Such are some of the benefits to our country and to the world, which in our view will result from the success of this specific enterprise, which is the single object of the Colonization Society. Who that calls himself a man, a freeman, a christian, will withhold from this good work his voice of cheering, or his liberal contributions? There is a responsibility attached to the neglect of such a cause, which all men ought to consider. If it be true, that the opportunity of doing good creates an obligation to do it, then how serious are the responsibilities of those who are devoting to merely selfish ends, to idle frivolities, to the pitiful and mischievous cabals of party politics, the time, the talent, the money, which, if consecrated to such objects as this, might tell with incalculable force on the moral renovation of the world!

We esteem it a privilege to be among the least honored of the co-workers in this undertaking. In our retrospective moments, when we think what we have been doing in the world, and ask ourselves how life has gone with us thus far, there is nothing which more illuminates the past with cheering recollections, than our humble efforts in behalf of Africa. It is in the hope of adding to that treasure-a treasure of which no mortal vicissitudes can ever deprive us; it is in the hope of communicating some additional impulse to a cause in which the destinies of unborn millions are so deeply involved; it is because conscience and God forbid us to Vol. II.

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be silent, so long as our voice can be raised in behalf such interests,—that we urge on our readers these facts and arguments. If we may but waken one mind 10 a lasting sympathy with our own enthusiasm, if we may but enlist in behalf of this cause one new efficient friend, it will not be in vain that we have snatched from intervals of relaxation, from hours of repose, and from the duties of a laborious and responsible calling, the time which we have spent in this endeavor.

We cannot take leave of this subject without adverting once inore :o the address of Mr. Clay. We are no partizans of any man, and we care not whose party may be pleased or offended by what we are going to express. Mr. Clay is numbered among our most distinguished statesmen. He has gained an abundance of official honors, and a height and extent of reputation to which sew of the multitudes who enter the career of political ambition, ever attain. But, as we have read this eloquent and impressive argument, in behalf of a great enterprise of philanthropy, we have thought, how mean and vulgar is the ambition, and how cheap the honor, of political distinction. How much more worthy of present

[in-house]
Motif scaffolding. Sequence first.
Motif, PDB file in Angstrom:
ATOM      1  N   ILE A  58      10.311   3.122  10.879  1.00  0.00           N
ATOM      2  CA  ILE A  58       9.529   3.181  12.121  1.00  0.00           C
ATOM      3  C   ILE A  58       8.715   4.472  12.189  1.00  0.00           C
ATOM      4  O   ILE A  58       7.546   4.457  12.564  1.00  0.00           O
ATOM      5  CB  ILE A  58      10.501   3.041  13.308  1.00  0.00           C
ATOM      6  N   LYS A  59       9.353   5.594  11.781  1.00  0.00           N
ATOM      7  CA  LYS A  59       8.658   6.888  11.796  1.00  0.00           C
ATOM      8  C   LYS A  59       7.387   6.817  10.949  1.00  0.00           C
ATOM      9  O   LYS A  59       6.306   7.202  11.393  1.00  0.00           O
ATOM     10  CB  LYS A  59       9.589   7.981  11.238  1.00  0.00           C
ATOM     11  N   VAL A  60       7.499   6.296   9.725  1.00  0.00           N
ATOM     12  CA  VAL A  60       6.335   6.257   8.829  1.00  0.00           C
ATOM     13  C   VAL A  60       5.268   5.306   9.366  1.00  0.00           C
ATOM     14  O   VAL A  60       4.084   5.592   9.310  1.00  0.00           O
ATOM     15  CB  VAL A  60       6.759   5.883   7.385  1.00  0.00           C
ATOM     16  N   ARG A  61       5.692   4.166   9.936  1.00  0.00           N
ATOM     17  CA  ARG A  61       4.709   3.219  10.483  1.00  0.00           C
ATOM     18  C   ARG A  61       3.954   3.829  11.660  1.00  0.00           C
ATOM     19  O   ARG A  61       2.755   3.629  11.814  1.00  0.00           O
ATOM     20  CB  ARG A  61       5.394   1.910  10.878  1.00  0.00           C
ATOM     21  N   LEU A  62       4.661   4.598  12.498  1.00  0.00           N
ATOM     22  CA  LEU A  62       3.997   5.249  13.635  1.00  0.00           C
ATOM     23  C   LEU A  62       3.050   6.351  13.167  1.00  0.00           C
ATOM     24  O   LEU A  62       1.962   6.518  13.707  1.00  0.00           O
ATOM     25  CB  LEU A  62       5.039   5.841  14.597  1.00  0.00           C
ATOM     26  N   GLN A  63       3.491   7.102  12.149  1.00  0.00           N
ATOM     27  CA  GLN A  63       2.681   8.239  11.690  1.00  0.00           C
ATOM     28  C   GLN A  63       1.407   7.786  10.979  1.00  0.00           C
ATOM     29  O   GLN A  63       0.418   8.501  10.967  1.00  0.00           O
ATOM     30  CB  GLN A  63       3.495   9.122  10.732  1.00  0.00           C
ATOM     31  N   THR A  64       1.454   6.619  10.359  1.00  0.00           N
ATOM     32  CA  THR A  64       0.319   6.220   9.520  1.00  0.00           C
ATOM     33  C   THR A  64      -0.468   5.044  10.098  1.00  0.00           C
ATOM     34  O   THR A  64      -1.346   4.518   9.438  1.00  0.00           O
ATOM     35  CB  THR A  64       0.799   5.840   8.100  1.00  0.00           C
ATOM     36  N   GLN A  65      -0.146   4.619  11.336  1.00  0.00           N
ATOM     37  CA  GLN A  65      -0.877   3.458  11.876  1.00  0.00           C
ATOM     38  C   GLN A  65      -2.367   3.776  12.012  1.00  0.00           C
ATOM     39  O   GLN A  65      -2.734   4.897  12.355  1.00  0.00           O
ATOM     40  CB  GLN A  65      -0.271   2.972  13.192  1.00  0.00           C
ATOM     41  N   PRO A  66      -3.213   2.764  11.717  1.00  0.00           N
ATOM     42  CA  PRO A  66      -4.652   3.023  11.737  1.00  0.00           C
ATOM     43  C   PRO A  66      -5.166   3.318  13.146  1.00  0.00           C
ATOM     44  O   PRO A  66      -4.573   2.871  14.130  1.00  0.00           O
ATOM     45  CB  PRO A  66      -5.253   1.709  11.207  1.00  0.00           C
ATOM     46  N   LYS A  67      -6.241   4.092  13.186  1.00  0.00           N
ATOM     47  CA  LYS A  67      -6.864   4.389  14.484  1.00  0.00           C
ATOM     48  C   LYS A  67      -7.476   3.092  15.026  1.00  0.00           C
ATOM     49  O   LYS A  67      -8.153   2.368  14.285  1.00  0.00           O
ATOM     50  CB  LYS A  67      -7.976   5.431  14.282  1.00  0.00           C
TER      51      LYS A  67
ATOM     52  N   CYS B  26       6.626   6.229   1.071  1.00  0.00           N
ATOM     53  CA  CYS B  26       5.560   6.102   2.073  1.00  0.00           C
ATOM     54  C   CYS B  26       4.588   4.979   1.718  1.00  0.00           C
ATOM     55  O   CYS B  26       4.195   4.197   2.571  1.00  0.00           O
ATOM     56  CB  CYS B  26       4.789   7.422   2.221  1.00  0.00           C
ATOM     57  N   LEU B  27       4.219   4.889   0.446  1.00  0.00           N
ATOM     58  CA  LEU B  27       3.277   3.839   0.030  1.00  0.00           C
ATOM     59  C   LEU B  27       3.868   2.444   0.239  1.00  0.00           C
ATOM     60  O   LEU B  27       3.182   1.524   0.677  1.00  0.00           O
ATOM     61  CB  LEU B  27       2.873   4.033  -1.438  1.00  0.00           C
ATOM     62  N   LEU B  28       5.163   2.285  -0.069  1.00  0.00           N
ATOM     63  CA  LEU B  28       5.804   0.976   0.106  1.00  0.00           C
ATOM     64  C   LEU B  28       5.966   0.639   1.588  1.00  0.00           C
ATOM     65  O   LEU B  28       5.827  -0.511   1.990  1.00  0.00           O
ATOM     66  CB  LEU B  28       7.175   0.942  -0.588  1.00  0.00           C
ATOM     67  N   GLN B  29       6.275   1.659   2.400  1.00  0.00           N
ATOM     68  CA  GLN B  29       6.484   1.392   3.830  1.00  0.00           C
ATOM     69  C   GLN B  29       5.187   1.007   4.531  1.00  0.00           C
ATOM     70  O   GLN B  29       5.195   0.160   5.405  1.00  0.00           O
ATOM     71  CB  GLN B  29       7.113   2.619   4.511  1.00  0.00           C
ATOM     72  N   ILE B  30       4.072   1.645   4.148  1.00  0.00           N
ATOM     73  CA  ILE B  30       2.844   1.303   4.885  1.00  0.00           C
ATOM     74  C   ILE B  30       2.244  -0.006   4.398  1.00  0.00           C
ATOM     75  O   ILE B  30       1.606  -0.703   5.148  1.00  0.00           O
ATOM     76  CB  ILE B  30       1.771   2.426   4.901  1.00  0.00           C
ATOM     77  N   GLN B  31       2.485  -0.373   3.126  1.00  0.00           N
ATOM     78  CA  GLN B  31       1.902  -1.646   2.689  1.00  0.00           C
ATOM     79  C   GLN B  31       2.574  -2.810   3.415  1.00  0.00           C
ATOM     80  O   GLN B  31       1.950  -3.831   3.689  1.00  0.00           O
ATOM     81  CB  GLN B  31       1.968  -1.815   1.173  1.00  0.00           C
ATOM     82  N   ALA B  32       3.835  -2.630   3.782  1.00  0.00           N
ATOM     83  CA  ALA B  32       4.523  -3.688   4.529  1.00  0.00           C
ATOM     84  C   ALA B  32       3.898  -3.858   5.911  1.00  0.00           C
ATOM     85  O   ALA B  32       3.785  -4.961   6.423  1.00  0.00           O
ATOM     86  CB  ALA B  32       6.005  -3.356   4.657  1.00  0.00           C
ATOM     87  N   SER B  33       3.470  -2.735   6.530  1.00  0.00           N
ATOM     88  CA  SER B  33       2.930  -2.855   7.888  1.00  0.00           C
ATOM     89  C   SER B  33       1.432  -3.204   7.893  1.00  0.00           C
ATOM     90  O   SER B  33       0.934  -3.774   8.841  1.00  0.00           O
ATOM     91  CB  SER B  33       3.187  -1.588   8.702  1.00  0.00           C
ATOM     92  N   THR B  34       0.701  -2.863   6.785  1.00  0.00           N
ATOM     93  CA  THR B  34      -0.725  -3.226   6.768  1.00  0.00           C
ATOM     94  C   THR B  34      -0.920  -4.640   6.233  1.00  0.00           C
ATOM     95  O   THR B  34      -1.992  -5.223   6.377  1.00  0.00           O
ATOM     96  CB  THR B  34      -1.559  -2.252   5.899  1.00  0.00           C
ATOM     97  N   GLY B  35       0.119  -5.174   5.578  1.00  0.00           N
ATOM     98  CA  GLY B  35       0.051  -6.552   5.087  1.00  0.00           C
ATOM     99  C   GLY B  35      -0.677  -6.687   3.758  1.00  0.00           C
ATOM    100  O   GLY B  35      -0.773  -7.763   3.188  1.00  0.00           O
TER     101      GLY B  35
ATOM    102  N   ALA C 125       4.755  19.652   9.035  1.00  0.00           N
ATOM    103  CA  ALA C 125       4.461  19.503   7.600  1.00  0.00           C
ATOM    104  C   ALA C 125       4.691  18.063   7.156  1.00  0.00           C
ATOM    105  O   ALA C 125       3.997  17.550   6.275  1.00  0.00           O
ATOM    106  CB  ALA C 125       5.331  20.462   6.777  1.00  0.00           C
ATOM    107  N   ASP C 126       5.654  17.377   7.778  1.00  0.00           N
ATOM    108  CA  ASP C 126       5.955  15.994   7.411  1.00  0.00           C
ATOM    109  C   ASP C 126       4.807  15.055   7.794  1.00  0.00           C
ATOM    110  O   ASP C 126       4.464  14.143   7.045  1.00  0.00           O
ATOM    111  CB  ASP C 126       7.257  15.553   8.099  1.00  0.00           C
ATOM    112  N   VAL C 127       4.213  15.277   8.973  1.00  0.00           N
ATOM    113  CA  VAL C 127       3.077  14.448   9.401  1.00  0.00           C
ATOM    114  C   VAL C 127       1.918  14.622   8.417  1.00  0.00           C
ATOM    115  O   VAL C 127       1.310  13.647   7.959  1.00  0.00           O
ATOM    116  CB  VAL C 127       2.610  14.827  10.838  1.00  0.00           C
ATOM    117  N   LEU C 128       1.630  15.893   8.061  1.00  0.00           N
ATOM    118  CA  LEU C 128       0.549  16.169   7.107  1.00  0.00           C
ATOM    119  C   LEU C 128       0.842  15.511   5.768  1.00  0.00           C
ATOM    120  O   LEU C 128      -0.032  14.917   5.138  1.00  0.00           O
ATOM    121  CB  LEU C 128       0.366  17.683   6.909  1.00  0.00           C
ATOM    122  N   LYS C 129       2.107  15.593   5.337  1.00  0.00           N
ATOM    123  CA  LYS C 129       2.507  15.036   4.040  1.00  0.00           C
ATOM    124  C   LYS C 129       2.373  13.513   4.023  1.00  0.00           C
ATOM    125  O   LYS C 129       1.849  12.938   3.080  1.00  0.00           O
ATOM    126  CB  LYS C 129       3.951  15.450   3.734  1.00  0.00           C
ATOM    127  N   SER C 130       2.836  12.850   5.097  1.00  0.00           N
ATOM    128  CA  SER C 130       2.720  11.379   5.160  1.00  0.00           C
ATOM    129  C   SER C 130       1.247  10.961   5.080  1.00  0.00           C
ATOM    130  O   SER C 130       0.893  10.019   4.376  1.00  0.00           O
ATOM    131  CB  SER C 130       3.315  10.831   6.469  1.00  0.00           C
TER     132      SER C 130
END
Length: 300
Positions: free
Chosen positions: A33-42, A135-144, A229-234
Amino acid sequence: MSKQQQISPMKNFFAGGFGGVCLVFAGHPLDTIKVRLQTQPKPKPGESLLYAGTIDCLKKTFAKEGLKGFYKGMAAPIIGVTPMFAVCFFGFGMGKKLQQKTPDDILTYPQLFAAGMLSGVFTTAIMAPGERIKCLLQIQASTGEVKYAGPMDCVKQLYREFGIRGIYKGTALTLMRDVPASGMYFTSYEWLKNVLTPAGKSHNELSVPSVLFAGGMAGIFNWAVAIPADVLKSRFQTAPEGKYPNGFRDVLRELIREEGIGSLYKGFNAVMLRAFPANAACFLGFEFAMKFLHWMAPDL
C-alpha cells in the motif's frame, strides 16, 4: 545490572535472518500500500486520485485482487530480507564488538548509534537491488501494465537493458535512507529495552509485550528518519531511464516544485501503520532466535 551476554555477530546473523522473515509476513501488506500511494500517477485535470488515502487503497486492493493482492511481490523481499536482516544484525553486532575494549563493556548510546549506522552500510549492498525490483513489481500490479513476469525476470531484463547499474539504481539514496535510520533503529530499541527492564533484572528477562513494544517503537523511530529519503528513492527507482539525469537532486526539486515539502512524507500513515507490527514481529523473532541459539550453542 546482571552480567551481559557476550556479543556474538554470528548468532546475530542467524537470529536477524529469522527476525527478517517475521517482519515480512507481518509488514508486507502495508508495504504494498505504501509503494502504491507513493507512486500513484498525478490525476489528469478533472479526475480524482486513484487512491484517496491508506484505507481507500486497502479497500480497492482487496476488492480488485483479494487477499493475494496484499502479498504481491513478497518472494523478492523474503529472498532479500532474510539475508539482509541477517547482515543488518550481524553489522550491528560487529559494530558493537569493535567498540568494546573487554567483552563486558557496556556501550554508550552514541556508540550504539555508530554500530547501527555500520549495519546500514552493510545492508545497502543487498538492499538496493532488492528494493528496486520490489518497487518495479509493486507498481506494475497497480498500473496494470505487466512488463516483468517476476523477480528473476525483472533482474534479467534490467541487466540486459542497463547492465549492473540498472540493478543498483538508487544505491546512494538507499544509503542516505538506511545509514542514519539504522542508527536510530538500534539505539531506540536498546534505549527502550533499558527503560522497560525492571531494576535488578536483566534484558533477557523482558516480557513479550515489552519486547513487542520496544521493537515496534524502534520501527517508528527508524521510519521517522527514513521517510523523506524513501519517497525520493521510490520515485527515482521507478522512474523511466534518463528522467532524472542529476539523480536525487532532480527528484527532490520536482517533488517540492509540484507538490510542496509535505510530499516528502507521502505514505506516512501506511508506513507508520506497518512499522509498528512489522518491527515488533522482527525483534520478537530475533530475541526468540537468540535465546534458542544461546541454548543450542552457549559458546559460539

respect and admiration,-how much more likely to command the · grateful remembrance of coming generations, is Henry Clay, the advocate of enthralled, degraded, bleeding Africa, than Henry Clay, the triumphant leader of the national legislature, the plenipotentiary of the republic at foreign courts, the secretary of state, or even, if so it is to be, the president. If we might see such an one as he, devoting all the energies of his powerful mind to the service of God and

man, in this great enterprise ; rousing his countrymen, with all the stirring notes of his persuasive eloquence, to join in the work ; leading on the virtuous and benevolent in their efforts for the salvation of the world; and doing it all in affectionate and single-hearted imitation of Him who said, “It is more blessed to give than to receive;"-how bright and pure would be his fame, how rich and lasting his reward. That were an object worth ambition. We would not exchange the fame of ASAMUN, not to speak of his reward in heaven, -we would not exchange the luster that will brighten round his name in future time, for the accumulated honors of all the presidents and secretaries who have directed the councils of the nation, since the time of the “ father of his country,"

ART. VII.—RevIEW OF THE DOCTRINE AND DISCIPLINE OF

THE METHODIST Episcopal Church.

The Doctrine and Discipline of the Methodist Episcopal Church. New

York. 1808.